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The Ecstasy of Defeat
Steve Rushin
September 16, 2002
I saw the mystified American basketball team lose last week to teams from troubled Argentina (whose peso is equal in value to those gold-foiled novelty chocolate doubloons) and Yugoslavia (which has roughly the same land mass, and command of English, as Kentucky). And when the games ended I felt not anger nor disgust nor embarrassment, but delight. As the U.S. squad—12 guys in 12 Bentleys—Hindenburged, I was overcome by a shameful joy, a malicious satisfaction in the Dream Team's demise. The Germans have a word for this emotion, as well they should, having inflicted on the world Milli Vanilli and Siegfried & Roy. They call it Schadenfreude: pleasure in another's misfortune.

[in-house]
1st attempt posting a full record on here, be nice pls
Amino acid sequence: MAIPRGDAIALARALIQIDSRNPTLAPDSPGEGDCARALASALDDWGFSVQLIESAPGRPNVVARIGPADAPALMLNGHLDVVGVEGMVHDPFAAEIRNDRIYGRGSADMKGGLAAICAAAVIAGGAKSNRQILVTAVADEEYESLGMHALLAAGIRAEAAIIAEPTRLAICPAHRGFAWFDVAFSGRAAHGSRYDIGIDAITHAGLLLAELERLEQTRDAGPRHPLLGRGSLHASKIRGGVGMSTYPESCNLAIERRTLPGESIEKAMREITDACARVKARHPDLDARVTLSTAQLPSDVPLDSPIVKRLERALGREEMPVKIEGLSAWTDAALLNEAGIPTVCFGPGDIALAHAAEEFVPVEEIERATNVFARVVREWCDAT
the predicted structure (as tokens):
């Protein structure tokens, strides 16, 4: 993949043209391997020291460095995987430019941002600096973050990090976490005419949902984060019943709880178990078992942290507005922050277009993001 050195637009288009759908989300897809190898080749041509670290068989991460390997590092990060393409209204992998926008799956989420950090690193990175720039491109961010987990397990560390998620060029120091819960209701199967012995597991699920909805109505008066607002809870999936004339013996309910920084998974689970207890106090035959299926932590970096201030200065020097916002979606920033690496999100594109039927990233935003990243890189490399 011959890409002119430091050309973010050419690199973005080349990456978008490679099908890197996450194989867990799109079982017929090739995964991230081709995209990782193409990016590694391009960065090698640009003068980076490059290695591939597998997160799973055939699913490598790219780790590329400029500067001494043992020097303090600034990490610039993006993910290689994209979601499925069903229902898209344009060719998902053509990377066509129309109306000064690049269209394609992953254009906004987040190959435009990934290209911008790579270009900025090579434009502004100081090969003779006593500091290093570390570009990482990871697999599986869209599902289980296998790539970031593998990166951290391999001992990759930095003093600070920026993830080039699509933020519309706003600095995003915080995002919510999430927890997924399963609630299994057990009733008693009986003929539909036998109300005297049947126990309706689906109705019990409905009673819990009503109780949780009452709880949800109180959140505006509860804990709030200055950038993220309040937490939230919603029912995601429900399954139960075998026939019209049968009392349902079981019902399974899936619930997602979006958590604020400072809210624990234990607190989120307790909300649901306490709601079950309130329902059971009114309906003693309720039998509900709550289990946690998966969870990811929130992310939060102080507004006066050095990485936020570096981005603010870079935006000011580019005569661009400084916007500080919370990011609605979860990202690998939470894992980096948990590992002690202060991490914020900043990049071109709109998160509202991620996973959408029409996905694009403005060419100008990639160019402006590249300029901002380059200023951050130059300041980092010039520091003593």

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September 16, 2002

The Ecstasy Of Defeat

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Imagine. Every time Bonds stepped to the plate, the principals would see the linked S and F on his helmet and think not of San Francisco but of Schaden and Freude, damage and joy. Farfetched, perhaps, but a guy can dream, can't he?

It isn't much, as dreams go. But then dreams aren't what they used to be. Ask the Dream Team, from the U.S., the world's sixth-ranked basketball power—two spots behind New Zealand.

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